Although she lives in Vancouver, British Columbia, Louise Schonberg has always been closely tied to her Swedish heritage and culture. Those ties were strengthened in 2015 when she opened Karameller, a small candy shop in Vancouver’s quaint Yaletown district.
“I was inspired by my childhood memories,” Schonberg explains. “Karameller means ‘hard candy’ in Swedish.”
The shop quickly became a cultural and communal gathering place for Swedish expats living in the area, and not just because of its high-quality candies, all of which are imported from Scandinavia. The shop also upholds time-honored traditions like lördagsgodis, which means “Saturday sweets” and signifies the weekly pilgrimage to a candy store after children receive their allowance.
When the pandemic hit, Karameller—like all retail stores in Vancouver—was forced to shutter. And despite the small size of the candy boutique, the losses seemed large. Schonberg was cut off from her primary source of income, and the Swedish expat community living in Vancouver lost an important cultural touchpoint (not to mention the disappointment of the broader candy-loving community locally as well).
“When everything changes overnight,” Schonberg says, “little things that bring comfort or joy become even more important.”
Not content to let her business and customers wane, Schonberg acted quickly. After announcing the impending closure of Karameller on Instagram—which resulted in a flood of customers who purchased every last piece of candy in stock—she transitioned her focus to online sales.
“The website had always been an afterthought,” Schonberg says. “It never received more than a handful of orders a month.”
And yet, because the site was built the right way with the right technologies, everything was in place for the shop’s online resurgence.
“We set up Karameller’s eCommerce website and store network like we do for most of our clients—with a Cisco Meraki security appliance, Wi-Fi, video security, and Cisco Umbrella security to protect both staff and guests,” says Luis Giraldo, CEO of IT services company Ook Enterprises and also Schonberg’s husband. “When the pandemic hit, it was easy to make the transition because no reconfiguration was needed. The shop would have been behind the eight ball if we would have taken shortcuts.” Ook Enterprises and other Cisco partners are helping small businesses of all types adapt and grow:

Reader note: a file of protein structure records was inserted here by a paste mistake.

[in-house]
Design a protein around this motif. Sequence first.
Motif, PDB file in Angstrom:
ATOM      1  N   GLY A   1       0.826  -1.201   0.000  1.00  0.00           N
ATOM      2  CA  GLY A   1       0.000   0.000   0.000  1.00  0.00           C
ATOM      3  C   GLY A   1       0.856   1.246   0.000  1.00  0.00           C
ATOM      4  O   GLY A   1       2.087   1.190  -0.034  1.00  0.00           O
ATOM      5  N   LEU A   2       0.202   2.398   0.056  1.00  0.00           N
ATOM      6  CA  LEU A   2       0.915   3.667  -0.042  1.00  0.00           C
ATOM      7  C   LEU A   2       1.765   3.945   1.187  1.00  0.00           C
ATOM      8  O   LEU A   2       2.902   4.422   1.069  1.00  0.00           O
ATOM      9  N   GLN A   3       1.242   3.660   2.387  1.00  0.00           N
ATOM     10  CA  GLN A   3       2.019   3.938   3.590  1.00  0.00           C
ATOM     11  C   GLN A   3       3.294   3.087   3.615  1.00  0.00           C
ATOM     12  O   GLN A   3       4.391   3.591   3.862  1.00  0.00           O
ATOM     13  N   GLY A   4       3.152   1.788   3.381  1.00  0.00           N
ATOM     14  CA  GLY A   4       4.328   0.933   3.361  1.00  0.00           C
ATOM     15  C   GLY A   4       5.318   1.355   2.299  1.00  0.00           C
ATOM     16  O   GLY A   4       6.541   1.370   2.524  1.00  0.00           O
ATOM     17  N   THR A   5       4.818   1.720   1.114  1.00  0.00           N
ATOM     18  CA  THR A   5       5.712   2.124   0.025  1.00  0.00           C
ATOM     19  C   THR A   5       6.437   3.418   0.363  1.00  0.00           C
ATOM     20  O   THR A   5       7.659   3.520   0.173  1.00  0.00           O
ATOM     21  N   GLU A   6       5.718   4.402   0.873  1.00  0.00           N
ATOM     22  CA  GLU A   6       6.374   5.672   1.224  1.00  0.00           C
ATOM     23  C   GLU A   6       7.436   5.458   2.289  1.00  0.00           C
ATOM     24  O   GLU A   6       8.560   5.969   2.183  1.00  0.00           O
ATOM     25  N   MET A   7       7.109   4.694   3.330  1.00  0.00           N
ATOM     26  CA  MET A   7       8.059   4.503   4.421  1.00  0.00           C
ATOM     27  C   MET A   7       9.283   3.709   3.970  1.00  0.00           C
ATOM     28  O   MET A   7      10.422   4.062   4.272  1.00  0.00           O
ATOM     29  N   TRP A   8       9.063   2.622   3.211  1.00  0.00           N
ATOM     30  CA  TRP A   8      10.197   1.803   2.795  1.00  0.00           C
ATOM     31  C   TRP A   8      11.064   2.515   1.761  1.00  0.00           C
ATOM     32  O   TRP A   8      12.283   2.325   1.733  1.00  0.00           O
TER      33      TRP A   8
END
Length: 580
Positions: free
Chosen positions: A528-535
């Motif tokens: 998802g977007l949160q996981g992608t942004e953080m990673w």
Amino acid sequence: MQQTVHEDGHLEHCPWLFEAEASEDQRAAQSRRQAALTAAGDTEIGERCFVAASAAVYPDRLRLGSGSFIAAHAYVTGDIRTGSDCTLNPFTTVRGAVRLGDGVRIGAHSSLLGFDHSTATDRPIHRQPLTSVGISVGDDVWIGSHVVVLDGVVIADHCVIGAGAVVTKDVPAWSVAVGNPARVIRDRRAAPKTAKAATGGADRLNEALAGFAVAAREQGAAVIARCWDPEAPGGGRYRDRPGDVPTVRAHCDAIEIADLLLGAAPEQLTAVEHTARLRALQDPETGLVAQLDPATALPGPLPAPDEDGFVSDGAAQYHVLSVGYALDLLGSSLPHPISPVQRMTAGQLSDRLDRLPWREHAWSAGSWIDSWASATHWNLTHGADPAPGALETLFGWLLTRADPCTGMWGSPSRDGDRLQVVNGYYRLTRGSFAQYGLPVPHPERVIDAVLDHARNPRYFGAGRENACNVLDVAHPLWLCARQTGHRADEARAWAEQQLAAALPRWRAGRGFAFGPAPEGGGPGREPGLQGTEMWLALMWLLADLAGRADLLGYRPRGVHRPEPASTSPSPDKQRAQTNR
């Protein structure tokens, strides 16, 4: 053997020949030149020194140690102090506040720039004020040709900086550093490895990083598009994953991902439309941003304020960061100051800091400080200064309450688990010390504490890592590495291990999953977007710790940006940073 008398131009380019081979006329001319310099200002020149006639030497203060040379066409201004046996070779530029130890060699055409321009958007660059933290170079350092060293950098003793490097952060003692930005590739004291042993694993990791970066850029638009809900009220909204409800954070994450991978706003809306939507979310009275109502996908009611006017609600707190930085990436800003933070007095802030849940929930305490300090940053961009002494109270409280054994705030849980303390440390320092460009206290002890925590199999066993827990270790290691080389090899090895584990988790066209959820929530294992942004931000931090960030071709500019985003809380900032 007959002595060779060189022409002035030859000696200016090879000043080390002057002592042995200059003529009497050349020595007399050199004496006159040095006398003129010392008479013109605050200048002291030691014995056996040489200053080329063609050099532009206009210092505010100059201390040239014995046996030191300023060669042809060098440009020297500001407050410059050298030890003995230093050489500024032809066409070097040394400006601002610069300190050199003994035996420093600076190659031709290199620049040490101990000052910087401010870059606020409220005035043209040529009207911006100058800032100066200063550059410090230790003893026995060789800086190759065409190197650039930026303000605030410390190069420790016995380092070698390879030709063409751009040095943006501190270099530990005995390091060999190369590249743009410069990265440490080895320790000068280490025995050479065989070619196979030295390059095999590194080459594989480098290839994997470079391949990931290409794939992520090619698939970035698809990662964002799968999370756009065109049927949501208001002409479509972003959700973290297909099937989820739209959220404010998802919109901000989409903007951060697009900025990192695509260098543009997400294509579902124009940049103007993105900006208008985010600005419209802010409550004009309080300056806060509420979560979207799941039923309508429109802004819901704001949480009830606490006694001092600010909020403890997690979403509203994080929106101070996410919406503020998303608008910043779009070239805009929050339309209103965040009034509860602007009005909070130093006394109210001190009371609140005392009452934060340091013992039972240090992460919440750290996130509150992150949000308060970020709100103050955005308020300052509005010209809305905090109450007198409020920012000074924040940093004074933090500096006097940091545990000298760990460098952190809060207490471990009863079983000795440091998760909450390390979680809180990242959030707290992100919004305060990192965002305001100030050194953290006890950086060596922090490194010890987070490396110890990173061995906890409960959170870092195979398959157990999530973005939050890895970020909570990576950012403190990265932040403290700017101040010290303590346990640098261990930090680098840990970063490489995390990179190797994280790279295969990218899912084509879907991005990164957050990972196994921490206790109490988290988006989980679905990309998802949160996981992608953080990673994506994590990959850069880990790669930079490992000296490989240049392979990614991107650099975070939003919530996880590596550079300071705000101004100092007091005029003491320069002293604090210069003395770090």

With the help of some Instagram influencers and the #shoplocal movement, Karameller received 383 online orders and had its best ever month in April 2020. The size of the average online order was three times larger than in-store purchases. And through curbside pickup, handwritten notes, and personal deliveries, Schonberg has found ways to not only stay in business, but also fill cultural gaps and reconnect with the Swedish community in Vancouver.
“It’s been great to support our customers in different ways,” she says. “We all need a little candy in times like this.”
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Great Blog post andy!
This is a great story of tradition, inspiration and innovation. We are in great need for community and closing culture gaps. Amidst a time of pandemic and societal inequalities, these kids of stories are hopeful and a welcome find! Great article, Andy.
Reading this article and knowing that many small & local businesses are suffering not only from the current economic crisis but now an ethical one with rioting destroying their property and livelihood. It occurred to how big Cisco thinks, and how we move mountains collectively, using our powers for good. Wouldn’t it be super cool to feature a Small business monthly just like this Candy Store and offer an Employee purchase day that could potentially boost the shop’s sales through the roof?
Think “black friday” but Cisco Day. I’m off to go buy some sweet treats for my kids right now. Thanks for the feel-good diversion. xo
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